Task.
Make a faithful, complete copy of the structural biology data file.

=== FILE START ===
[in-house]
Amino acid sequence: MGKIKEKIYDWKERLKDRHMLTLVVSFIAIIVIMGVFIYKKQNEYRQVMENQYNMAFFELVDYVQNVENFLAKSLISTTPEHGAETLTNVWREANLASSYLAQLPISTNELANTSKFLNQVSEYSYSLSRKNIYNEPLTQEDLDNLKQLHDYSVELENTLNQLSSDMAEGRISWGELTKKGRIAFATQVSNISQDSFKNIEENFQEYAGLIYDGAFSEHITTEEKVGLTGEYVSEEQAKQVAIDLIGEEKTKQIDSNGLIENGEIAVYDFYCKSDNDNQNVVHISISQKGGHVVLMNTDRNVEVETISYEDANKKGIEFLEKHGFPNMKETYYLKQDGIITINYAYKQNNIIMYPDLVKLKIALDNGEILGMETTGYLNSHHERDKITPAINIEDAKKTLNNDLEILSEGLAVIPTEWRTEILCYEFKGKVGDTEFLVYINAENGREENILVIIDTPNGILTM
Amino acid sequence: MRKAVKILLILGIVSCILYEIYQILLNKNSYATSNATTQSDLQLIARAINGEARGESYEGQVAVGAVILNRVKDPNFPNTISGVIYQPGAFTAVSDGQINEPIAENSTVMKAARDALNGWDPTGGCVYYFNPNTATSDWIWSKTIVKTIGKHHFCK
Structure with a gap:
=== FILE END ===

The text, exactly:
[in-house]
Amino acid sequence: MGKIKEKIYDWKERLKDRHMLTLVVSFIAIIVIMGVFIYKKQNEYRQVMENQYNMAFFELVDYVQNVENFLAKSLISTTPEHGAETLTNVWREANLASSYLAQLPISTNELANTSKFLNQVSEYSYSLSRKNIYNEPLTQEDLDNLKQLHDYSVELENTLNQLSSDMAEGRISWGELTKKGRIAFATQVSNISQDSFKNIEENFQEYAGLIYDGAFSEHITTEEKVGLTGEYVSEEQAKQVAIDLIGEEKTKQIDSNGLIENGEIAVYDFYCKSDNDNQNVVHISISQKGGHVVLMNTDRNVEVETISYEDANKKGIEFLEKHGFPNMKETYYLKQDGIITINYAYKQNNIIMYPDLVKLKIALDNGEILGMETTGYLNSHHERDKITPAINIEDAKKTLNNDLEILSEGLAVIPTEWRTEILCYEFKGKVGDTEFLVYINAENGREENILVIIDTPNGILTM
Amino acid sequence: MRKAVKILLILGIVSCILYEIYQILLNKNSYATSNATTQSDLQLIARAINGEARGESYEGQVAVGAVILNRVKDPNFPNTISGVIYQPGAFTAVSDGQINEPIAENSTVMKAARDALNGWDPTGGCVYYFNPNTATSDWIWSKTIVKTIGKHHFCK
Structure with a gap: